LG's Air Purifier Claims Raise Doubts

Why release an air purifier if it’s not proven to keep out the coronavirus?

Key Takeaways

  • LG’s new air-purifying mask hits the market during the pandemic, but offers no guaranteed protection against coronavirus.
  • The FDA has not approved LG’s mask or other high-tech gizmos for personal protection against coronavirus.
  • An expert warns this type of mask may not be any more effective than a cloth or paper mask.
Promo image of LG's new air-purifying mask

LG’s announcement of its new air-purifying mask doesn’t say whether it protects against the coronavirus—and that could be a problem.

LG joins a growing list of manufacturers pumping out innovative-looking protection gear during the pandemic, but the FDA has not approved LG’s mask or other high-tech gizmos for personal protection against coronavirus. One expert warns that it’s unclear whether they’re more effective than a cloth or paper mask.

“I think there is absolutely a danger that people will assume that this will protect them against COVID, and that’s not necessarily correct,” Geoffrey Mount Varner, former medical director of Washington, D.C., said in a phone interview. “It’s essential that people can be confident about what they are getting.”

Promises, Promises

LG touts its new mask as allowing “users to take in clean, filtered air while the Respiratory Sensor detects the cycle and volume of the wearer’s breath and adjusts the dual three-speed fans accordingly.” 

The company continues, saying that included fans speed up automatically to help you bring in air while slowing down to reduce resistance when breathing out. The news release, however, makes no mention of coronavirus (though it does claim an eight-hour battery life).

Varner called LG’s mask an “interesting concept” and “a smaller version of what we use in the hospital when we see high-risk patients.”

“I encourage people to stick to the bread and butter like cloth and paper.”

N95 Masks Remain the Gold Standard

The gold standard for masks to ward off coronavirus is still the N95 mask, Varner said, and he recommends it to his patients. But the CDC’s website says N95 masks, which are designed to achieve a very close facial fit and efficient filtration of airborne particles, are “critical supplies that must continue to be reserved for healthcare workers and other medical first responders.”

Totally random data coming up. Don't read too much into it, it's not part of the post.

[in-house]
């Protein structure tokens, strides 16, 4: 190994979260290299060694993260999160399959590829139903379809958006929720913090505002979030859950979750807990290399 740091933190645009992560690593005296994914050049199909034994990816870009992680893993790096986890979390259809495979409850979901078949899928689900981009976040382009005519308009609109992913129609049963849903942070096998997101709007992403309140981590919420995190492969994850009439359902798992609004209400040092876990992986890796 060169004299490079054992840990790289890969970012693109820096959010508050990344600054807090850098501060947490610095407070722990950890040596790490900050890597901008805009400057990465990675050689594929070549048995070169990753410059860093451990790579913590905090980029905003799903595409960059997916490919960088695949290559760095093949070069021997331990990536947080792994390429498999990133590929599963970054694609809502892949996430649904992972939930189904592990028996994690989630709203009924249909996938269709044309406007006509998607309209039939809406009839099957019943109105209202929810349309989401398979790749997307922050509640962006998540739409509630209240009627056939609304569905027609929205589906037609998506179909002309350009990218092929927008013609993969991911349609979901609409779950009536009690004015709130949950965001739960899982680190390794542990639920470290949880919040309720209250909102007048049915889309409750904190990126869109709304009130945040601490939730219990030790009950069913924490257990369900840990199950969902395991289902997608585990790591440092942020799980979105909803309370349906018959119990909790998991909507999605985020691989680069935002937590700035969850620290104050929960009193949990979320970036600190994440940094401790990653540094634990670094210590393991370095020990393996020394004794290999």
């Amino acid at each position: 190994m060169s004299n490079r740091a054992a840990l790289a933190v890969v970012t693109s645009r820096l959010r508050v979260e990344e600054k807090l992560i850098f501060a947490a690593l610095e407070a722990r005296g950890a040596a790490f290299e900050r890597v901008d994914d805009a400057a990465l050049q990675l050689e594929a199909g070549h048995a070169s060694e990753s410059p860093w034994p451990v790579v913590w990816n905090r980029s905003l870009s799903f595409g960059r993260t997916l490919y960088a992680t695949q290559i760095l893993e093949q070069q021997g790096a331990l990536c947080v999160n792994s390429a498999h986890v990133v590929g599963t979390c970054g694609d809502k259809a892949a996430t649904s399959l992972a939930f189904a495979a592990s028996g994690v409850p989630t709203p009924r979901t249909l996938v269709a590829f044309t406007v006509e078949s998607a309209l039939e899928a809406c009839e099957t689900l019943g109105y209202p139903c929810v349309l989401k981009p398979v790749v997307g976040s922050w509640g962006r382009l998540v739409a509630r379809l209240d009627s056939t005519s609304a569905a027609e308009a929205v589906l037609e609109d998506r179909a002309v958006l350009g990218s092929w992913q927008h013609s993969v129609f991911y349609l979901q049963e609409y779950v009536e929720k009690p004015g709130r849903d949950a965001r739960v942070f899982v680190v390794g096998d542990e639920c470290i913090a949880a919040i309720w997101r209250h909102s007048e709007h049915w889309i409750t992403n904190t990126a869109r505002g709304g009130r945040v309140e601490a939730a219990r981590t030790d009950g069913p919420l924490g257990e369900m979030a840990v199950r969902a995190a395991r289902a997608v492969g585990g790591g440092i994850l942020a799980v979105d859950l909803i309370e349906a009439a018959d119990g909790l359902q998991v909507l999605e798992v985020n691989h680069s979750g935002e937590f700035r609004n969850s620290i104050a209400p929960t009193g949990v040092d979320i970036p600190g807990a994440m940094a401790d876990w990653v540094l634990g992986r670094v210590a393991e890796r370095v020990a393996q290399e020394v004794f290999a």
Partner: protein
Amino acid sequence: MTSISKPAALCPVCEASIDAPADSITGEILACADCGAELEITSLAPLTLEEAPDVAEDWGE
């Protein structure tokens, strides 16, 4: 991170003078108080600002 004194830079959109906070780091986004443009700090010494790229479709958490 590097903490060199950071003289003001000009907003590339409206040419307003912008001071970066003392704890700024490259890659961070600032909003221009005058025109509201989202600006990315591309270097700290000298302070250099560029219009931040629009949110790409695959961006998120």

If N95 masks aren’t available, the next best thing (to protect yourself) is a surgical mask, Varner said. A third choice is a mask made of cloth. One study found that multilayered cloth masks may offer increased protection from coronavirus versus a single layer. 

Cloth masks are also recommended to protect others from your own exhalations.

Many Mask Innovations

The pandemic has set off a surge in mask innovation. Take, for example, the Atmos, which claims to provide up to “50x better protection than market-leading filtration masks.” The futuristic-looking Atmos uses “fans to create a positive pressure clean air environment for you to breathe freely, requiring no seal around the mouth and nose.” It’s currently sold out.

Promo image of the BioVYZR 1.0 face shield
VYZR Technologies

VYZR Technologies offers the $249 BioVYZR, which looks like a cross between a hazmat suit and a spacesuit helmet. The company says the BioVYZR “provides a 360-degree seal to shield your personal space on all sides. It also features a built-in air purifying system to filter out pathogens, allergens, and pollutants from the air you breathe.”

The menacing, black, $199 AIR by Microclimate uses a rechargeable battery to pull air through fans. “From Uber to airline, AIR by MicroClimate will keep you comfortable the whole trip,” the product website claims. The company says it will begin shipping in mid-September. 

High Demand Despite Ability

Many new air purifying masks that have recently hit the market don’t specifically claim to ward off coronavirus, but still seem to be in high demand. A website selling the Hexa air purifier mask says it’s sold out until the end of September. 

Joya Mia’s electrical air purifier mask—sold online for $129—is advertised as “can be worn for any occasion or occupation” although in small letters the product page says, “ our face masks are not a replacement for medical-grade Personal Protective Equipment.” 

Despite their high-tech appeal, consumers should be wary of innovative masks until they’re thoroughly tested, Varner said, adding “I encourage people to stick to the bread and butter like cloth and paper.”

Was this page helpful?